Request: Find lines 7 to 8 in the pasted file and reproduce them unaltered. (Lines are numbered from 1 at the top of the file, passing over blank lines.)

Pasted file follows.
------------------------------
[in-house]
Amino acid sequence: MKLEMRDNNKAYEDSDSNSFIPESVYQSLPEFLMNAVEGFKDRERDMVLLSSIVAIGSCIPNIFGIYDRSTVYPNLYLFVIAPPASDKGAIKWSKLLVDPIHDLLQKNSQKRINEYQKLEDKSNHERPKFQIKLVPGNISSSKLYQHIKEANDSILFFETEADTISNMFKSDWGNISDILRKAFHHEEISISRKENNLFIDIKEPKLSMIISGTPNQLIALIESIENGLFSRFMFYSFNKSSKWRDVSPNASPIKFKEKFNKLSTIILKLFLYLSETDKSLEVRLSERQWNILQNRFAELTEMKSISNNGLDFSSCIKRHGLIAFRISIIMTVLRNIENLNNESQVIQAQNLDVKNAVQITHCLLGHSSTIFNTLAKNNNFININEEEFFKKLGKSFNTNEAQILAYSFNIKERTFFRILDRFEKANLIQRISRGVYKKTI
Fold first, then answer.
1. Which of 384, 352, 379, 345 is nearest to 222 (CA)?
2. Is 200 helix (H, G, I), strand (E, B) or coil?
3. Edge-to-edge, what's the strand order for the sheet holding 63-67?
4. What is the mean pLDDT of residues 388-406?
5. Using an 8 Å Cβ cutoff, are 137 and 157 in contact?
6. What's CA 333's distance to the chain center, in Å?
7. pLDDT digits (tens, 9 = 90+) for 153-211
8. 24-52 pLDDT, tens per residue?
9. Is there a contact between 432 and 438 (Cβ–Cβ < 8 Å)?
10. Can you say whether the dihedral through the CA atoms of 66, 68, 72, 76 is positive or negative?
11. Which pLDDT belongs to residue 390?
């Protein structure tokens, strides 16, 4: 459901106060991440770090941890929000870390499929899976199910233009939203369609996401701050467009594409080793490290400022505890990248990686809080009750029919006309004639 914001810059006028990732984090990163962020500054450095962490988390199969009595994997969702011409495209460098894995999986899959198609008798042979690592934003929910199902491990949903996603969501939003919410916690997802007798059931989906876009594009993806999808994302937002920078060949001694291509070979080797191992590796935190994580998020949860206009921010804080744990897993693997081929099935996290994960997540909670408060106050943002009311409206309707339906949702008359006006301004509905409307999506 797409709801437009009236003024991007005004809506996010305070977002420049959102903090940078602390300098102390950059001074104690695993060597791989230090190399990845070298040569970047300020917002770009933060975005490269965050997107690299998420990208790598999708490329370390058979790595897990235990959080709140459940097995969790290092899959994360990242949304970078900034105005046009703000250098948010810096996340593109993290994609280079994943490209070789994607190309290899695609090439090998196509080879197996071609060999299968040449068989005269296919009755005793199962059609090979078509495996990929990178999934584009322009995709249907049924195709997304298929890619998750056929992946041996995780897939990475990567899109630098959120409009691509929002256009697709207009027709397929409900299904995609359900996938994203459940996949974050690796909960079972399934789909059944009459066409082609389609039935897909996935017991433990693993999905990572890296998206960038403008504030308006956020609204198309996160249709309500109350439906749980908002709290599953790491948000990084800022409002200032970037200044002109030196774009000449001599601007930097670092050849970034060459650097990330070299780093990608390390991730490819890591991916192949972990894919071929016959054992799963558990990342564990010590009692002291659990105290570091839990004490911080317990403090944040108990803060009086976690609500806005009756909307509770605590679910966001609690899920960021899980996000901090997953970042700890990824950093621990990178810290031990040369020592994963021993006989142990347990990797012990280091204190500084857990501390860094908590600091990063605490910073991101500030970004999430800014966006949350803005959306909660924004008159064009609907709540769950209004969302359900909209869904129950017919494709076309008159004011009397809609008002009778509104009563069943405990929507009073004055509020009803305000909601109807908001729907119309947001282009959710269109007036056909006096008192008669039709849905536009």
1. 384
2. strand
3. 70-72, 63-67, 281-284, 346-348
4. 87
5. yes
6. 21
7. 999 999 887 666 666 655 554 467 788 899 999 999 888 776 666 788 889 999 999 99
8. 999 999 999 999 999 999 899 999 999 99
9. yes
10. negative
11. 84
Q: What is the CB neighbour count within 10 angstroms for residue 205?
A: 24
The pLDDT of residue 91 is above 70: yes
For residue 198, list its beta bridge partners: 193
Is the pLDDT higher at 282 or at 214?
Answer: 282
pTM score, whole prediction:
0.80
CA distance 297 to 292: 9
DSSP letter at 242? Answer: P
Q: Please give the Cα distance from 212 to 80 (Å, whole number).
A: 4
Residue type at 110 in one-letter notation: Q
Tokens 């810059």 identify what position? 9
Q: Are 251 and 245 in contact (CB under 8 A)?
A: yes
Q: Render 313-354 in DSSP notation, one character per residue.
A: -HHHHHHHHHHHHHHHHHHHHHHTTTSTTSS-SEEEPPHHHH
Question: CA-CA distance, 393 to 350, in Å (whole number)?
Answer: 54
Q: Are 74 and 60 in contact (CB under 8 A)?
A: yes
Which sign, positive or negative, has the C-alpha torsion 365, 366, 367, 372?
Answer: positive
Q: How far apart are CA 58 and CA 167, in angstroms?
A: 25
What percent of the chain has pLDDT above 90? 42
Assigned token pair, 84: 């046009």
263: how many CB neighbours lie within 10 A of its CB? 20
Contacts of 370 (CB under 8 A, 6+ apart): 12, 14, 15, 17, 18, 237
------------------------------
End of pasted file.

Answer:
4. What is the mean pLDDT of residues 388-406?
5. Using an 8 Å Cβ cutoff, are 137 and 157 in contact?